Among the new towers rising along the Brooklyn waterfront, The Greenpoint, which has already topped out, is among the tallest in its eponymous neighborhood. Cladding has reached the top of the 40-story residential building, interior work is currently underway, and today, YIMBY has a look at the views from within.
Mack Real Estate Group and Palin Enterprises are the developers behind the 39-story tower, which stands 392 feet to its roof, and has 500 residential units within. Those are mixed between condominiums and rentals, and will span 454,502 square feet, with a design by Ismael Leyva Architects.
From ground level, cars pull in from India Street and go under the elevated porte-cochere lobby space that offers a 24-hour doorman and a concierge. Playground and green spaces also occupy the front of the building, along with easy access to the India Street/Greenpoint terminal and the waterfront. The G train is a seven minute walk to the west along the intersection of Greenpoint and Manhattan Avenues, a location that is quickly filling with new coffee shops, markets, boutiques, and restaurants.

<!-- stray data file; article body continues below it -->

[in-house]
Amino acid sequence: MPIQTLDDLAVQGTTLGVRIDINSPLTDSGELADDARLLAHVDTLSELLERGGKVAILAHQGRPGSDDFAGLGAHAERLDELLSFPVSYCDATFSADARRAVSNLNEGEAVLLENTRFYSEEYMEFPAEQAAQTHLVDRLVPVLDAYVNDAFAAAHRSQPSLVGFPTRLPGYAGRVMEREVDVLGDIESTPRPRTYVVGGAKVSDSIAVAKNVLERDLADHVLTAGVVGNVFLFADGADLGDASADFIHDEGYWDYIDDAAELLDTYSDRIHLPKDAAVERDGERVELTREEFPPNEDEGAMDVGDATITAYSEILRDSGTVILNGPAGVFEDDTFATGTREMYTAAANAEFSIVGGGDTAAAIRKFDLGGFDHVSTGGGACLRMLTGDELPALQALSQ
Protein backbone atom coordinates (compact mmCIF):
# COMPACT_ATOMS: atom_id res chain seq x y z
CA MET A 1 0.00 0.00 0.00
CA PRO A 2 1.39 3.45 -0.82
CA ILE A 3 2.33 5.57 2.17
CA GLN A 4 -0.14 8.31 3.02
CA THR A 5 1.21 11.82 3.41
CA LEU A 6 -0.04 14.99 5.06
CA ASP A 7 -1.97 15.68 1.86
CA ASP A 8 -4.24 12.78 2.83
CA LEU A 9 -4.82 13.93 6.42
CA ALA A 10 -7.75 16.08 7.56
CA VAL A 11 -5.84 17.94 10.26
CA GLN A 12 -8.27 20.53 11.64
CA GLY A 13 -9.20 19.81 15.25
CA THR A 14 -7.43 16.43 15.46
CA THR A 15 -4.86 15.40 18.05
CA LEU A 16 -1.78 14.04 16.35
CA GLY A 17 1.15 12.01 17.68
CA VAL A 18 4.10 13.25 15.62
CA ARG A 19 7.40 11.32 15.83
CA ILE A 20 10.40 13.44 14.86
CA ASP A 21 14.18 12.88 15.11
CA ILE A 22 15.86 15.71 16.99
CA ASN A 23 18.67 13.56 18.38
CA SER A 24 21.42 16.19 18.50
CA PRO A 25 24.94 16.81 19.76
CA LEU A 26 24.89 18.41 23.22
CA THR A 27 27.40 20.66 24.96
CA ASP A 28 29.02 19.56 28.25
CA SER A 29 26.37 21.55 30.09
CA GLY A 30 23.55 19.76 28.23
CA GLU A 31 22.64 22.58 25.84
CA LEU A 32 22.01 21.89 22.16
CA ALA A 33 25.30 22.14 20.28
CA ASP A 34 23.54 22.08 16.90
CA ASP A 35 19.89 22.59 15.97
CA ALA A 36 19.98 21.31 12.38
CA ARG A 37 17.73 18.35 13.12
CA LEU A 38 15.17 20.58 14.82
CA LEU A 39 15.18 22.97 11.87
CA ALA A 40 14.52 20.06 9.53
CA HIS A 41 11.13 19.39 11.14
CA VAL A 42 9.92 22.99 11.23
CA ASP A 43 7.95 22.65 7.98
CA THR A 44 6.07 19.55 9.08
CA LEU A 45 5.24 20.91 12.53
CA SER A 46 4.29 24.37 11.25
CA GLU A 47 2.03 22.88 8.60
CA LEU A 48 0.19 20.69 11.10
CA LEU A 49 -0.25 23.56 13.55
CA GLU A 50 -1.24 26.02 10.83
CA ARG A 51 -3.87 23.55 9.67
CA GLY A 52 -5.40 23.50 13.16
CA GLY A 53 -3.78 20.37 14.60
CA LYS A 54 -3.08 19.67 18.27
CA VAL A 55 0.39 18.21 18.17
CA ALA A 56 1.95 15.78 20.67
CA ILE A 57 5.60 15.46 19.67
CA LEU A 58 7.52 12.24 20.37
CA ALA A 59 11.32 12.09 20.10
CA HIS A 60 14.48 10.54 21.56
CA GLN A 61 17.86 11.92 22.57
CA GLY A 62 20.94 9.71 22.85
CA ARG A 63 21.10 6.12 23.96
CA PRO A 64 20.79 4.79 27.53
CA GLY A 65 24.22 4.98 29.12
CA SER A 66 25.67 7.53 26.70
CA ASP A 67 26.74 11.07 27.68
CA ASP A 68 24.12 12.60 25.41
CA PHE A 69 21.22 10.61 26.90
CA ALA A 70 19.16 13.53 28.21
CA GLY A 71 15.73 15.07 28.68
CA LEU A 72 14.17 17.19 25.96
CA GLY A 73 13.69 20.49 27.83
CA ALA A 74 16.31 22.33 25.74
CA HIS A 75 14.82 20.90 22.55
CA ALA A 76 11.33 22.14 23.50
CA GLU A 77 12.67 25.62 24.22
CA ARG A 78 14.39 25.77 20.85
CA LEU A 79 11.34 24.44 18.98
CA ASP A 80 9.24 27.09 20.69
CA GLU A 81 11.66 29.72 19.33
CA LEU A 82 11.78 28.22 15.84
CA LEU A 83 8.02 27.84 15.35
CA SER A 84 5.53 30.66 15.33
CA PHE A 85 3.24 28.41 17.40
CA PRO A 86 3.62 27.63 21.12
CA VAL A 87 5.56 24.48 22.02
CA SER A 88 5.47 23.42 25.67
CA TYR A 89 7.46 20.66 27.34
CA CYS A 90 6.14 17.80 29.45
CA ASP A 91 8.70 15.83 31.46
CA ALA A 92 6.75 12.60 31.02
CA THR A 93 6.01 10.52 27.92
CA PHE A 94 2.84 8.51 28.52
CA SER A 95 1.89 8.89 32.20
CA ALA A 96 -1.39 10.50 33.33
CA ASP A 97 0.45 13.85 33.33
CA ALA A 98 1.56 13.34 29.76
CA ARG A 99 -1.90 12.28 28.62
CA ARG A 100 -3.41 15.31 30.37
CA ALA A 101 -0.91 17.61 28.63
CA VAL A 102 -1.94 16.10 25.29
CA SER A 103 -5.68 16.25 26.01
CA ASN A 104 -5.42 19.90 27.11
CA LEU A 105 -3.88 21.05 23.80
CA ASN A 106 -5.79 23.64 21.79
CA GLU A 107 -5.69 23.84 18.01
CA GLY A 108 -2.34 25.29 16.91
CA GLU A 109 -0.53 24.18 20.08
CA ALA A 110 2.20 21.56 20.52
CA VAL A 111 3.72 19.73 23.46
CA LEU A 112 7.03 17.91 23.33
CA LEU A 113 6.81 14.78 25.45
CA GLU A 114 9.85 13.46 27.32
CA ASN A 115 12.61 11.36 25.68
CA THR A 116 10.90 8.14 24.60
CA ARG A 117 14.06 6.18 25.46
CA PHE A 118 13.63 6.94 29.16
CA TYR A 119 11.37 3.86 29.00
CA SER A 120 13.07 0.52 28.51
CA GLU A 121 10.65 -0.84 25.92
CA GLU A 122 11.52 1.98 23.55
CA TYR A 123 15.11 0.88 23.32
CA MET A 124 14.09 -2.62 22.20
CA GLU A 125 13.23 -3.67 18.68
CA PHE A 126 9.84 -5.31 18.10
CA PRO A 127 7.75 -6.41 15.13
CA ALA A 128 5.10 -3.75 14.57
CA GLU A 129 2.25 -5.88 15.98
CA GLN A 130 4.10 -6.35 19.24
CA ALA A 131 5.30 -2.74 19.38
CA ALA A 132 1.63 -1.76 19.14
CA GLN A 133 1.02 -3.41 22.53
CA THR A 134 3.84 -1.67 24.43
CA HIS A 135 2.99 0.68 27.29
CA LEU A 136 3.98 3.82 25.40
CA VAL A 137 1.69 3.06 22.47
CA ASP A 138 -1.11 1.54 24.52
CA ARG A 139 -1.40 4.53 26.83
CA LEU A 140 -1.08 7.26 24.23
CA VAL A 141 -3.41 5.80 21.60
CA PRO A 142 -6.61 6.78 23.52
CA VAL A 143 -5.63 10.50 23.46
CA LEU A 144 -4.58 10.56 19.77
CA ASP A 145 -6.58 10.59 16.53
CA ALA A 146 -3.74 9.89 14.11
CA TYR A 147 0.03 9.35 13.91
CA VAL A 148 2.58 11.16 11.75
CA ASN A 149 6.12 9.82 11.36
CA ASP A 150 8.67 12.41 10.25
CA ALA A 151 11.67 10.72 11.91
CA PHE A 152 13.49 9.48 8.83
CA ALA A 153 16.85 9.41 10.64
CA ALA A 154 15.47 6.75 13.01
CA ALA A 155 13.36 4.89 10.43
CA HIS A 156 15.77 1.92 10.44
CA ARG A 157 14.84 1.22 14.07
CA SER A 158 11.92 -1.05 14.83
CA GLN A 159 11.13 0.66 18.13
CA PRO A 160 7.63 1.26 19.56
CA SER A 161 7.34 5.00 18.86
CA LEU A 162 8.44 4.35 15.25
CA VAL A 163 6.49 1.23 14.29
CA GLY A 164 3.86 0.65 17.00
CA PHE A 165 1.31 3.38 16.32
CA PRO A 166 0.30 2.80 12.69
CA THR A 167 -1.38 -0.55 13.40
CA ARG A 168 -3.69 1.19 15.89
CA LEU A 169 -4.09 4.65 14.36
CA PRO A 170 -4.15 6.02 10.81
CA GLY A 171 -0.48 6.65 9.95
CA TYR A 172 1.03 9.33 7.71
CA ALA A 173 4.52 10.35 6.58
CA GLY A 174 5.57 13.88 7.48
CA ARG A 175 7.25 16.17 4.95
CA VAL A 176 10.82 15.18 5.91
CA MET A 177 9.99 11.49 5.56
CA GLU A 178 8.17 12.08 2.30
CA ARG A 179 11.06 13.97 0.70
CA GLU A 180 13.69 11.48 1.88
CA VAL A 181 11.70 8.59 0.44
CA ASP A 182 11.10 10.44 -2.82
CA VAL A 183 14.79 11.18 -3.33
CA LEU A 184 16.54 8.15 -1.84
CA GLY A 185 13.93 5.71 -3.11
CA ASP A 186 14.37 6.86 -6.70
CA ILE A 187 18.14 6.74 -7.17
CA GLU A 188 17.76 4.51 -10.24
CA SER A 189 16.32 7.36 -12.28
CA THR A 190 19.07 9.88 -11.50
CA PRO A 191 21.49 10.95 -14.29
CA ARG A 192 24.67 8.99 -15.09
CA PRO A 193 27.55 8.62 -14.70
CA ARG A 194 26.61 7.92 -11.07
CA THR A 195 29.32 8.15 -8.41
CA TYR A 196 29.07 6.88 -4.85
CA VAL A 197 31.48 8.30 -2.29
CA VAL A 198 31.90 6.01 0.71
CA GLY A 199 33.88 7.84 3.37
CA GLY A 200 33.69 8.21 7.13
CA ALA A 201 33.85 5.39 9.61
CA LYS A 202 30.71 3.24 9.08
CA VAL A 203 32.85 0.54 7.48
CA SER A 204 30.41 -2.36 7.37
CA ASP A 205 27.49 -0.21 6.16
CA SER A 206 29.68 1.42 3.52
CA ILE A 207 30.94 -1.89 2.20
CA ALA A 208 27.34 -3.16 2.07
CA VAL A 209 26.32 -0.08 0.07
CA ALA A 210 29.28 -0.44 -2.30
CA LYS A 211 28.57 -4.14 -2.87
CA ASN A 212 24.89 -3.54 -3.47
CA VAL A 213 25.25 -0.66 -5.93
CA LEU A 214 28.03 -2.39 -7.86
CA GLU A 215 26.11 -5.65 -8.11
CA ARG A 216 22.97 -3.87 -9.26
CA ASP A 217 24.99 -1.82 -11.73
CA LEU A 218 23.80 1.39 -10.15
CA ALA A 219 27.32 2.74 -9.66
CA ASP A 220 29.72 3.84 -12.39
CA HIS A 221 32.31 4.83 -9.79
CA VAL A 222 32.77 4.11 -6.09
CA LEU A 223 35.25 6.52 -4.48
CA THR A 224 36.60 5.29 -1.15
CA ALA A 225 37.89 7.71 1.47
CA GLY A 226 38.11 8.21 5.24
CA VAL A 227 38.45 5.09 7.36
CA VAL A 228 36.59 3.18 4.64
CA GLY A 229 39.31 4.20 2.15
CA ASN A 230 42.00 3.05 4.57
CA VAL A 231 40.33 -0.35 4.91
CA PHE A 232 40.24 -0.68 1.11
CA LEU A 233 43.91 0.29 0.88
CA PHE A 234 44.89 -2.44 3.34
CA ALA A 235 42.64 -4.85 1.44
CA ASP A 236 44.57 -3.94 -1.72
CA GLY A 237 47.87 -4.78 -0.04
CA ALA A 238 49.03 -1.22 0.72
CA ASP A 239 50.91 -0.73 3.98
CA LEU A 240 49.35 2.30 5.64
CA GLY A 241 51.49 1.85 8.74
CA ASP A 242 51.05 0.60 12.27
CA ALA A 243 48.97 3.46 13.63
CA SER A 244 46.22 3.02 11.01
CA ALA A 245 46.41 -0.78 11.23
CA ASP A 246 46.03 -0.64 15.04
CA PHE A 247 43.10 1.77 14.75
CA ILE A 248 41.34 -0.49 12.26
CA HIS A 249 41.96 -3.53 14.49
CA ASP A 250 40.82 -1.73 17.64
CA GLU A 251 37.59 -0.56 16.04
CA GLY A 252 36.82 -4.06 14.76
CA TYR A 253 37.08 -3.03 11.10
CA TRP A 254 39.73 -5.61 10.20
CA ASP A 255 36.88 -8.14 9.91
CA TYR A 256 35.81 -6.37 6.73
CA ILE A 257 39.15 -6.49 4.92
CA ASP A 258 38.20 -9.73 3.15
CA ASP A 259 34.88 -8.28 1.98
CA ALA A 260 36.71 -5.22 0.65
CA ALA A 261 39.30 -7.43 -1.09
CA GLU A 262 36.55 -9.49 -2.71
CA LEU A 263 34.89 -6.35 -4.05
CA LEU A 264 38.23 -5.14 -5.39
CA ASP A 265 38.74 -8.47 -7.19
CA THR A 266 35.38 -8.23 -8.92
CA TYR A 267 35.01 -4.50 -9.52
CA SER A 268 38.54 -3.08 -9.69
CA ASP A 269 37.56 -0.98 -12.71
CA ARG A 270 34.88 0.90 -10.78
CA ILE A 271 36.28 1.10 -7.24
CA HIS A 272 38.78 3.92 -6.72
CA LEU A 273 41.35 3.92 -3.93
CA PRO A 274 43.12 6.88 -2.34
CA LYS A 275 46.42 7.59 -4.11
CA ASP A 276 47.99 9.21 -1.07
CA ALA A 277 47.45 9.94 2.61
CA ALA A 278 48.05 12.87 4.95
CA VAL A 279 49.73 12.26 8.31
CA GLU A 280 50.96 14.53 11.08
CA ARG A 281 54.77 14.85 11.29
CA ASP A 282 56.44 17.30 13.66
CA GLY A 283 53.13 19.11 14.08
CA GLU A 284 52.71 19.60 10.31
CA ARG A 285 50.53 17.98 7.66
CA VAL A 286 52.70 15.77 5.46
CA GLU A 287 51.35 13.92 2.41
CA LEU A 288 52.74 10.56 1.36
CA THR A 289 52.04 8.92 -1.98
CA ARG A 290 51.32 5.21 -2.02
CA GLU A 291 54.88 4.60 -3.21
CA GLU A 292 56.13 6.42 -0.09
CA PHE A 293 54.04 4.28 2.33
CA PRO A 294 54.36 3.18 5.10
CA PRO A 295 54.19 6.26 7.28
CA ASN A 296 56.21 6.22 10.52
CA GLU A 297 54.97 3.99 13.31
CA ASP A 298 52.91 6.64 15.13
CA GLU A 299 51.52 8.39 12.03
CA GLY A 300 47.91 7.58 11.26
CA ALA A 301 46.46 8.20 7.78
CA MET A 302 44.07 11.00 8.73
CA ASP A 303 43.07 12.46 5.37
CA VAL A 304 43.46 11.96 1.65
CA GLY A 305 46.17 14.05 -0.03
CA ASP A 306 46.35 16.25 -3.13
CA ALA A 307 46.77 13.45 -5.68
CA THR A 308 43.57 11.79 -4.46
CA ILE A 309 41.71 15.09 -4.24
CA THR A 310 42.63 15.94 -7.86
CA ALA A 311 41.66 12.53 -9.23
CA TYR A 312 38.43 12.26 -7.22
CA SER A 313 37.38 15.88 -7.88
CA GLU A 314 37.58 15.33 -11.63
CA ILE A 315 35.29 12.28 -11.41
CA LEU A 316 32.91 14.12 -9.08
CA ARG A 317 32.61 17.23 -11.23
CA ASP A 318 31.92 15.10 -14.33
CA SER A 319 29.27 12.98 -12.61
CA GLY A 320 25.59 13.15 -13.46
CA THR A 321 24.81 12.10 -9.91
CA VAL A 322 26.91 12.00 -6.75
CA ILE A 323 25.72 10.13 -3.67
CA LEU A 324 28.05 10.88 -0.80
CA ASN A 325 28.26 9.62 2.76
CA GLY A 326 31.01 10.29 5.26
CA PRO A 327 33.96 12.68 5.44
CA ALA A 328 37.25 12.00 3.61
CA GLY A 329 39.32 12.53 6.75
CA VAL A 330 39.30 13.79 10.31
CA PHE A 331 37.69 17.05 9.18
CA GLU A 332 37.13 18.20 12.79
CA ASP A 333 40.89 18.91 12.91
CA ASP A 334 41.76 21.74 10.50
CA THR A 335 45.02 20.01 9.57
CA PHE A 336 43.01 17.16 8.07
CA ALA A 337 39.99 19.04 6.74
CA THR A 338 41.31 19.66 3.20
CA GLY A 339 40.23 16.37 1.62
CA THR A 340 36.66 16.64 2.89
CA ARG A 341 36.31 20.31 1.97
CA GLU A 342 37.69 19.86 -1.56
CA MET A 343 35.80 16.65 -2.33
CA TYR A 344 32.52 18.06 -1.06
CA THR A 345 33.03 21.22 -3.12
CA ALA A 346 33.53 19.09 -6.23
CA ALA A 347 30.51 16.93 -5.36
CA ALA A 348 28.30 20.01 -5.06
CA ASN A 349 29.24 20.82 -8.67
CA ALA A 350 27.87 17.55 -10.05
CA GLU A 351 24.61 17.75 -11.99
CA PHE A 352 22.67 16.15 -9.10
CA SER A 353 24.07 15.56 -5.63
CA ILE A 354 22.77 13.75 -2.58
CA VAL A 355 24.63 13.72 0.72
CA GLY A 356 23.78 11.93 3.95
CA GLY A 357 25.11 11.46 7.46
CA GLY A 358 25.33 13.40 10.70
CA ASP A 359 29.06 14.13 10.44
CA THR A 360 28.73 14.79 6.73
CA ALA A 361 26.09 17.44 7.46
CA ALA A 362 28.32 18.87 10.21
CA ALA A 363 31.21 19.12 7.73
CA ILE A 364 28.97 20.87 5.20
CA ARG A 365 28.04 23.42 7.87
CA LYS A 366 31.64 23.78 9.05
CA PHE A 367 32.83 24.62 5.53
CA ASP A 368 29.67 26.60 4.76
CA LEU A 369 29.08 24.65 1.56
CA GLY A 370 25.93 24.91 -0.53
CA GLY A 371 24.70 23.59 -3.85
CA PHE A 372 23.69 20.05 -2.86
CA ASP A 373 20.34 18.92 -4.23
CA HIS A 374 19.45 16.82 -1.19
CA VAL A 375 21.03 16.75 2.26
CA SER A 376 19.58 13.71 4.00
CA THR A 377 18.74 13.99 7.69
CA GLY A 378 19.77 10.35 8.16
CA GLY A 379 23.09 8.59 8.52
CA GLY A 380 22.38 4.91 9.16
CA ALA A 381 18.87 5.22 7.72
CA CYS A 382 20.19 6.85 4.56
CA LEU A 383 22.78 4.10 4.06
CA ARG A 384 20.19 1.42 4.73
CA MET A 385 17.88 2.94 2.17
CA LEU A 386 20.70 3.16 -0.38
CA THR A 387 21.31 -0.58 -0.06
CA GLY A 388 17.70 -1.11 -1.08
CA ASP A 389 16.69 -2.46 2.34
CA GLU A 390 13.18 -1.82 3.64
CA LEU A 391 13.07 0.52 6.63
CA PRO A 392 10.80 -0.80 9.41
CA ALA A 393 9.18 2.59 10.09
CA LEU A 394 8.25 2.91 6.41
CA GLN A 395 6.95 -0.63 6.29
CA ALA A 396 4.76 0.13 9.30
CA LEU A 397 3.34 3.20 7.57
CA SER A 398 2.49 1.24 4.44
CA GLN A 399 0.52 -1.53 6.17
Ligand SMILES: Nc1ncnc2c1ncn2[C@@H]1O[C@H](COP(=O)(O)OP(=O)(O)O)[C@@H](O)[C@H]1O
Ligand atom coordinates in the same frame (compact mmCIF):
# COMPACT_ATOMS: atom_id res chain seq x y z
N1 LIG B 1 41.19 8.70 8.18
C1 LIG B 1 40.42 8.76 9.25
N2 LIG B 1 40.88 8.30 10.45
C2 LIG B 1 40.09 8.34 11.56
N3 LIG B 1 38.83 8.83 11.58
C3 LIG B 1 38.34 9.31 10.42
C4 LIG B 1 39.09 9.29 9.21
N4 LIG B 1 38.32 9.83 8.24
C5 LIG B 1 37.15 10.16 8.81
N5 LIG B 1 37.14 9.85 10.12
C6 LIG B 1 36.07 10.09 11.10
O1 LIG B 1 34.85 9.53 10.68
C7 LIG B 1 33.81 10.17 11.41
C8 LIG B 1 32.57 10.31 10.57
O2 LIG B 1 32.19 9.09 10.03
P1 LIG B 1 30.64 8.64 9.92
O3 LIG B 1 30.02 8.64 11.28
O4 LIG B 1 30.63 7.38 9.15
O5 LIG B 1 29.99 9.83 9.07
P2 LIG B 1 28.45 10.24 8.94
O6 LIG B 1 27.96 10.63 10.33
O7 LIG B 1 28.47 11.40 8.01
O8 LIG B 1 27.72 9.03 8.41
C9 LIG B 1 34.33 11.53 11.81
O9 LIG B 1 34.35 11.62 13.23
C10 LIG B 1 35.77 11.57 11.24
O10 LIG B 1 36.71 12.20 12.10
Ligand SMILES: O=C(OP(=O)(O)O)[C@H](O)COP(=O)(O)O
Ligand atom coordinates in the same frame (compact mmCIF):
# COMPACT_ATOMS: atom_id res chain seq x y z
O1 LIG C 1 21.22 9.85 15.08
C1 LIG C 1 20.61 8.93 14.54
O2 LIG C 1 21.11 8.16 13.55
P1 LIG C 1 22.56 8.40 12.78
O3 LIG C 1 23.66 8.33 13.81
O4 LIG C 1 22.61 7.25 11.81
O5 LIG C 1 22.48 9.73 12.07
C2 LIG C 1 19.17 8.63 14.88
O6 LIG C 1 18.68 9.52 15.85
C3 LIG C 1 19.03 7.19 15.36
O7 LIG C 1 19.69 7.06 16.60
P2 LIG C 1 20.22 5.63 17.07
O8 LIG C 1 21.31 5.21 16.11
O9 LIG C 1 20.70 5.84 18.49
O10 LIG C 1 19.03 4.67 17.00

The building’s developers have taken consideration of the effects of storm surges, like those seen during Sandy, since India Street slopes downwards towards the East River.
The inclusion of green spaces and the outdoor children’s playground would serve as a buffer zone between the main lobby and the 30,000 square feet of amenities that sit in the building’s podium floors. These interior spaces will feature a pool hall, indoor and outdoor co-working spaces, a basketball court, and yoga studios.
Sitting above the building’s podium levels is “The Greenpoint Gardens” which include outdoor patios, dining areas, outdoor and indoor terraces, a sun deck, multiple lounges and landscaped gardens and water features.
Above that, the residential units offer uninterrupted views of the East River and the New York skyline in all directions. Residents will have private balconies that face Manhattan, Brooklyn and Queens, and each unit offers floor to ceiling glass windows creating maximum exposure to the morning sun, or sunset behind the skyscrapers of Manhattan.
Completion is expected by next year.